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‘Conflict, destruction’ prevent return to Iraq’s Yazidi heartland — NGO

Nearly two-thirds of Sinjar’s population remain displaced

By AFP - May 18,2022 - Last updated at May 18,2022

Sabean worshippers, followers of a pre-Christian religion which considers the prophet Abraham as one of the founders of their faith, take part in a cleansing ritual known as the ‘Golden Cleansing’, along the banks of the Great Zab River in the Kurdish town of Khabat, some 40 kilometres west of Erbil, in the autonomous Kurdish region of northern Iraq, on Wednesday (AFP photo)

BAGHDAD — Violence and sluggish reconstruction have prevented the return to Iraq’s north-western town of Sinjar of its predominantly Yazidi population after the abuses of extremist rule, the Norwegian Refugee Council (NRC) said on Wednesday.

Five years after the defeat of the Daesh group, which committed massacres against the Yazidis and used their women as sex slaves, the town’s Yazidi, Muslim Kurdish and Arab residents are no closer to returning home, especially after a surge in violence earlier this month.

The aid group said that “nearly two-thirds of Sinjar’s population — over 193,000 Yazidis, Arabs, and Kurds — remain displaced”.

The Yazidis are a Kurdish-speaking minority who were persecuted by Daesh for their non-Muslim faith after its capture of the town in 2014.

“Widespread destruction of civilian houses, new clashes, and social tensions” are preventing returns, NRC said in a report.

Out of 1,500 people surveyed by the aid group to determine how decisions to return home are made, about 64 per cent “said their homes were heavily damaged”.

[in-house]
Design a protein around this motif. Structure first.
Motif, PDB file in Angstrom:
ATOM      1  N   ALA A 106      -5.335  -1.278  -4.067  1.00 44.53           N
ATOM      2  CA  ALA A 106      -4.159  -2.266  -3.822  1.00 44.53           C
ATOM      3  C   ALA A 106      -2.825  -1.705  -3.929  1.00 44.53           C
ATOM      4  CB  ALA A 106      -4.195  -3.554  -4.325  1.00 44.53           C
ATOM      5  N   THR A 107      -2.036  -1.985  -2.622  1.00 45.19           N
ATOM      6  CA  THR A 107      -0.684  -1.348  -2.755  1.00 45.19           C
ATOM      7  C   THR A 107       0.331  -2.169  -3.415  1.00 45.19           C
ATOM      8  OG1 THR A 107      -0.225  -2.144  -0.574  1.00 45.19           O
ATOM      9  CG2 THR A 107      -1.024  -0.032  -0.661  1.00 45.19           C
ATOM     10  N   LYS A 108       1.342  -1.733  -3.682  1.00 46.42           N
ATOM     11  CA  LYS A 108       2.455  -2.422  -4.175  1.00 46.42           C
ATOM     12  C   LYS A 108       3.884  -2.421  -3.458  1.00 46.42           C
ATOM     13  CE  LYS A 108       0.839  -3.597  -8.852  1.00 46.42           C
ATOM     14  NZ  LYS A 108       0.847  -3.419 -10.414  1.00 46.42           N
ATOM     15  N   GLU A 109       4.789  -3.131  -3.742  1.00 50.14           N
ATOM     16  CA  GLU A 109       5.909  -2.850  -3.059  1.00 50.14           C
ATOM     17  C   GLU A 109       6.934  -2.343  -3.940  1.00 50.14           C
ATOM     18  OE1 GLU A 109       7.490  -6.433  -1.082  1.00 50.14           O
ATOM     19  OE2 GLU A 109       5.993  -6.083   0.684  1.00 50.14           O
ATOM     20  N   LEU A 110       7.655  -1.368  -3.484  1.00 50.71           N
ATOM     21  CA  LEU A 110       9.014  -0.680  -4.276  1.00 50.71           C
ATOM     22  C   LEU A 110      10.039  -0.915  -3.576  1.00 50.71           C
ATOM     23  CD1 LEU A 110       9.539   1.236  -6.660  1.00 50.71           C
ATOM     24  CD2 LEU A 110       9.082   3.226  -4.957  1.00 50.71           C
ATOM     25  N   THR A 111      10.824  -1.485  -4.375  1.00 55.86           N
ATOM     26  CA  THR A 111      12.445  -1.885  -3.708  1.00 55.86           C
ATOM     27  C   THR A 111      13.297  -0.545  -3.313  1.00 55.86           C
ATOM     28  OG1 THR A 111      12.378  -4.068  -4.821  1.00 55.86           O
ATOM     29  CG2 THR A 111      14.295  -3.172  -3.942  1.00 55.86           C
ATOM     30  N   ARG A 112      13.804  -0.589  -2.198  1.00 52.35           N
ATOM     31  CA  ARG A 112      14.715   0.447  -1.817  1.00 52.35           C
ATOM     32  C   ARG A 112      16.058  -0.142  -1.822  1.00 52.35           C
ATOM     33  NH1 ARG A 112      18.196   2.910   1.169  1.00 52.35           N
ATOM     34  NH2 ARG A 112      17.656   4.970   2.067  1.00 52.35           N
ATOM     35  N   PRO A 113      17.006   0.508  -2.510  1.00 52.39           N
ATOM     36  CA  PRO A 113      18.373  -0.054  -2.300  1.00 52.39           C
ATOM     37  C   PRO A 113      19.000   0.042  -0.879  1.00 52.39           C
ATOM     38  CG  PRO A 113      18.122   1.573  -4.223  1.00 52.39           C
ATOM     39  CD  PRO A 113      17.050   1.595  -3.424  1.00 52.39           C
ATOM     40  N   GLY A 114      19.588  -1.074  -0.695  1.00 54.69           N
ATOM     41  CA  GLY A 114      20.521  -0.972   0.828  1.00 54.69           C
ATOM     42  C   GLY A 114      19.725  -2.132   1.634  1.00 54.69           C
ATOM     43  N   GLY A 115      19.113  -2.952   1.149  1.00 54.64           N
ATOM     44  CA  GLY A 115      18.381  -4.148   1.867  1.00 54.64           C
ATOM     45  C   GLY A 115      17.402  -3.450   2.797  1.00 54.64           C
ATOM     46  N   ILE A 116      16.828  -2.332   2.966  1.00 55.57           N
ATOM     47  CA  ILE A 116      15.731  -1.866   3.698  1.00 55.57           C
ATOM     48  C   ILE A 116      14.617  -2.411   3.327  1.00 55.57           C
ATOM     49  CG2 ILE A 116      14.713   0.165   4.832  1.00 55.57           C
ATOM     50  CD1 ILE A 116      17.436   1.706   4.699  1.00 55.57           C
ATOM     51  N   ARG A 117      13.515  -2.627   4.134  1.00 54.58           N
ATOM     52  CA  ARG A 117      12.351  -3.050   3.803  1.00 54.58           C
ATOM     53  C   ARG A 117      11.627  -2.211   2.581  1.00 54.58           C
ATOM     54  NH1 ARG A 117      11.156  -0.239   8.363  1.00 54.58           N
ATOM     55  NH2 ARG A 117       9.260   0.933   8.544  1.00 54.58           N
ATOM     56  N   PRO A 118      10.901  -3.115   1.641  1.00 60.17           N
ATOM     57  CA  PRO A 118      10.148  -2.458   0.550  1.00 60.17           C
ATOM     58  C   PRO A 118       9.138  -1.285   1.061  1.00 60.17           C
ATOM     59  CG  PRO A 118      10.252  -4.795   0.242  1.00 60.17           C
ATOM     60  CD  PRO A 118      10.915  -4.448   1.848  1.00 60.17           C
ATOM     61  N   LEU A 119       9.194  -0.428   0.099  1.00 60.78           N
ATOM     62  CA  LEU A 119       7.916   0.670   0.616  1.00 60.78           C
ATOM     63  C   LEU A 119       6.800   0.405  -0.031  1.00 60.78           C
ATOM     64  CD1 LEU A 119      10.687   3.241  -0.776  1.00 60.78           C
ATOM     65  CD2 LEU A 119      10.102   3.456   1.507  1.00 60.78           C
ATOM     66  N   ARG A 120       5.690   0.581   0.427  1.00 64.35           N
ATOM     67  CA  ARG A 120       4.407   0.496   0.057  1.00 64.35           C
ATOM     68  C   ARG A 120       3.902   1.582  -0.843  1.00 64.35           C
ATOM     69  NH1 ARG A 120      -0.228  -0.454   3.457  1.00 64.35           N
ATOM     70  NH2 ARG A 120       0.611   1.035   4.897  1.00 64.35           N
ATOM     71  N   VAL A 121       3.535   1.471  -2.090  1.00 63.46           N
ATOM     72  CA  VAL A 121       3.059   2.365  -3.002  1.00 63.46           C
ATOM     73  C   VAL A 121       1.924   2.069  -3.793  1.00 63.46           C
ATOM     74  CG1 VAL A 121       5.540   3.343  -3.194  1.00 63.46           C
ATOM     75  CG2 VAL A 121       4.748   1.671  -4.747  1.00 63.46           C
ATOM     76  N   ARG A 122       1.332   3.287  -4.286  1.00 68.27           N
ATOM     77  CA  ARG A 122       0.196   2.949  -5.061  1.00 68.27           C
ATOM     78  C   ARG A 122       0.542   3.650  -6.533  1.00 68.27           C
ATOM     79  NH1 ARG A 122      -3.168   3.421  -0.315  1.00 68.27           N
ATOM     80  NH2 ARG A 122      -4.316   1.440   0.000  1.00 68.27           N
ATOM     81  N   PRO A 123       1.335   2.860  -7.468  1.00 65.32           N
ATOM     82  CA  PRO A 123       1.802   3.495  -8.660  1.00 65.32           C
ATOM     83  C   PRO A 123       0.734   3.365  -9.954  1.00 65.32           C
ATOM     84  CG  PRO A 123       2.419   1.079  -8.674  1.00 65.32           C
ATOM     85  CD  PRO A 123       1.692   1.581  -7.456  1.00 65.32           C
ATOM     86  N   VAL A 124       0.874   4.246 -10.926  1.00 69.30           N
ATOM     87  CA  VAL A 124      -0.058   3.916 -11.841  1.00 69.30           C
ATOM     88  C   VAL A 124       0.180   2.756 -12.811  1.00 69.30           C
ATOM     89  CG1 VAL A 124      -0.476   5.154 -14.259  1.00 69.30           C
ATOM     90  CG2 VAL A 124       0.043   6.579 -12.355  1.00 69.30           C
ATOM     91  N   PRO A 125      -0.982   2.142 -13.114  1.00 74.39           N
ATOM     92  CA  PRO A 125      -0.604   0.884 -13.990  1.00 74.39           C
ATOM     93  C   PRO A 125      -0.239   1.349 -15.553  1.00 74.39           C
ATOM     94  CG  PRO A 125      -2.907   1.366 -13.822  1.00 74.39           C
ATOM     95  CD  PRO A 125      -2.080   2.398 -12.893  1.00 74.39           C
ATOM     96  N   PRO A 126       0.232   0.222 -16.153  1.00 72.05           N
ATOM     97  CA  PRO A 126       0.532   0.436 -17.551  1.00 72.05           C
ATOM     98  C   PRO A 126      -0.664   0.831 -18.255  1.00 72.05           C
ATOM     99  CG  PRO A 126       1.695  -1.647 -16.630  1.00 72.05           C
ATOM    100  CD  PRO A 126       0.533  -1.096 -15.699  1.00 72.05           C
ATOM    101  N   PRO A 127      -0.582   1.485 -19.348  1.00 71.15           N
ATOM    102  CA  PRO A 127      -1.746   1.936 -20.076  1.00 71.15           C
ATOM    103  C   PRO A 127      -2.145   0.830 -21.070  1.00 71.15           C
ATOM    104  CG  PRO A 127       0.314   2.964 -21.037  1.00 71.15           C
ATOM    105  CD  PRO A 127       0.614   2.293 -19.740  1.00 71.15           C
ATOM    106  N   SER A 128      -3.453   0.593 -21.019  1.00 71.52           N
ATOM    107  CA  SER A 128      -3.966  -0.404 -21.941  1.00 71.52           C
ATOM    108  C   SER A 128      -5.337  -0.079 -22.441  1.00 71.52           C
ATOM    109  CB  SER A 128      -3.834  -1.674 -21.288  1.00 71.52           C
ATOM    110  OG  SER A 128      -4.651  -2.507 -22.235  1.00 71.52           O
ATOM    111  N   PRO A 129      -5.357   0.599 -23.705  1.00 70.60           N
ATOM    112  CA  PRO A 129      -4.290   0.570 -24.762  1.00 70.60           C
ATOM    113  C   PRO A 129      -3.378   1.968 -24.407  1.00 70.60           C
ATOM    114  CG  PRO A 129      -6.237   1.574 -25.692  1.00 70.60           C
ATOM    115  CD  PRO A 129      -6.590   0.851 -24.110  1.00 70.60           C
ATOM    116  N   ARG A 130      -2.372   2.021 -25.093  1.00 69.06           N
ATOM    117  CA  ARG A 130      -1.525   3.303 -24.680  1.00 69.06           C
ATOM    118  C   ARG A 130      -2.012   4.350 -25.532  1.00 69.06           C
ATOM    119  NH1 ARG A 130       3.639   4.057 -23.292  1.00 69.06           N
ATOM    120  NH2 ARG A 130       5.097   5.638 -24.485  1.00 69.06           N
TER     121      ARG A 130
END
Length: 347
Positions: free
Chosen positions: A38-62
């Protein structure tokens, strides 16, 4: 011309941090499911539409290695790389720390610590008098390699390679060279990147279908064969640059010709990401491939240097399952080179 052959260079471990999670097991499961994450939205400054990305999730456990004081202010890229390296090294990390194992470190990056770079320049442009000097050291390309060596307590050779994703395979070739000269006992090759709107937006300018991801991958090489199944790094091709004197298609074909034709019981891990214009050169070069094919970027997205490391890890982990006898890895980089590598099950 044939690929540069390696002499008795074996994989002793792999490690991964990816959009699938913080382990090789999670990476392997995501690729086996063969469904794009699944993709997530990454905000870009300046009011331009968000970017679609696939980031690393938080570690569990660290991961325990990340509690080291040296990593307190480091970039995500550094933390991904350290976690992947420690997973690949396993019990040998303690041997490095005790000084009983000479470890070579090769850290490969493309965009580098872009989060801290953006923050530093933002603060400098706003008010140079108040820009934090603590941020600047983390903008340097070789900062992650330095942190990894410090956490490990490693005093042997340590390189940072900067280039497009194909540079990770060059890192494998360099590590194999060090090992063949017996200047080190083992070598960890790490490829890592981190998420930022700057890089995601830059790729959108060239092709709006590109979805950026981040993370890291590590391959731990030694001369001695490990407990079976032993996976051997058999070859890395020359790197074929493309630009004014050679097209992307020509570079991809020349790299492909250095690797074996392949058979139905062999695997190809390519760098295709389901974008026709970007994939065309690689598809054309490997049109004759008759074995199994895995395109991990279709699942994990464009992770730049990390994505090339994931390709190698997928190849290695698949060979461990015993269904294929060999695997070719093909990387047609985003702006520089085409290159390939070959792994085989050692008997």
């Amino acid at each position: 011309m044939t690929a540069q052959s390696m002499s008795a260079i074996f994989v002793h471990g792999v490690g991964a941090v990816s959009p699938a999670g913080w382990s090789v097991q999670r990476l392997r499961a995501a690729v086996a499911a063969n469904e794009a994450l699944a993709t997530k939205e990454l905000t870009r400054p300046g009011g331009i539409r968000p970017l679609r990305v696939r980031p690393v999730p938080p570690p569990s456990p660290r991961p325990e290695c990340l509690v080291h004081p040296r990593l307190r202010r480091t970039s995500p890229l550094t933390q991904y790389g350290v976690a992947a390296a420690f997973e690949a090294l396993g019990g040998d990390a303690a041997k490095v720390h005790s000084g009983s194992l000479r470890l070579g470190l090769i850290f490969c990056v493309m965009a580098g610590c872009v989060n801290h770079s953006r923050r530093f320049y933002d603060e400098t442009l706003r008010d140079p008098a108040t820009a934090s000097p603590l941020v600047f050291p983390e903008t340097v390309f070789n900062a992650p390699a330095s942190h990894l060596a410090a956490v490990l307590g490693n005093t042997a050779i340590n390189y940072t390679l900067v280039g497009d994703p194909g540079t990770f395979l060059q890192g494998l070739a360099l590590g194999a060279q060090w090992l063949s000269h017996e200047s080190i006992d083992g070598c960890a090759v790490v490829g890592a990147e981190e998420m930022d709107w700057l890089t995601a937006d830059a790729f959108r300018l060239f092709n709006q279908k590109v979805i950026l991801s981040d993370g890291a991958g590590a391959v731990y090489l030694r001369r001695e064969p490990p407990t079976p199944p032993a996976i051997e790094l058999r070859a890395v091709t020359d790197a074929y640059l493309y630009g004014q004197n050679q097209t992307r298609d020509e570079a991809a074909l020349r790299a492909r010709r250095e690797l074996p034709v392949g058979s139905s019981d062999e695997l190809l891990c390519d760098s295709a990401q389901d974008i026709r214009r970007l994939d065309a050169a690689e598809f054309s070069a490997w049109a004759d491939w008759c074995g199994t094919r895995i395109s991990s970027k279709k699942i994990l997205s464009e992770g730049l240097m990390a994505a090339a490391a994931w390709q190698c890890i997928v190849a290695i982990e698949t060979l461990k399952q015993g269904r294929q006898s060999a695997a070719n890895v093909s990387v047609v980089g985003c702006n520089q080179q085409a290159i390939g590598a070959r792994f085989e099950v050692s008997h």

“A staggering 99 per cent of those who applied for government compensation had not received any funding for damaged property,” it said.

“Families from Sinjar remain in displacement, with thousands still living in camps,” NRC’s country director for Iraq, James Munn, said. 

“We need durable solutions put in place so Iraqi families can once again start living their lives and plan for a safer future.”

The aid group called on the Iraqi government and the authorities in the autonomous Kurdistan region to “prioritise the rehabilitation of infrastructure and the restoration of services to allow for safe housing, land, and property, alongside public infrastructure”.

Some “80 per cent of public infrastructure and 70 per cent of civilian homes in Sinjar were destroyed” during the conflict years ago, the NRC said.

In early May, fighting broke out between Iraqi troops and Yazidi fighters affiliated with Turkey’s banned Kurdistan Workers’ Party (PKK), killing at least one Iraqi soldier.

The Iraqi army was seeking to apply an agreement between Baghdad and the Kurdistan region for the withdrawal of Yazidi and PKK fighters from Sinjar.

More than 10,000 people fled the latest fighting, adding to the population of displaced.

 

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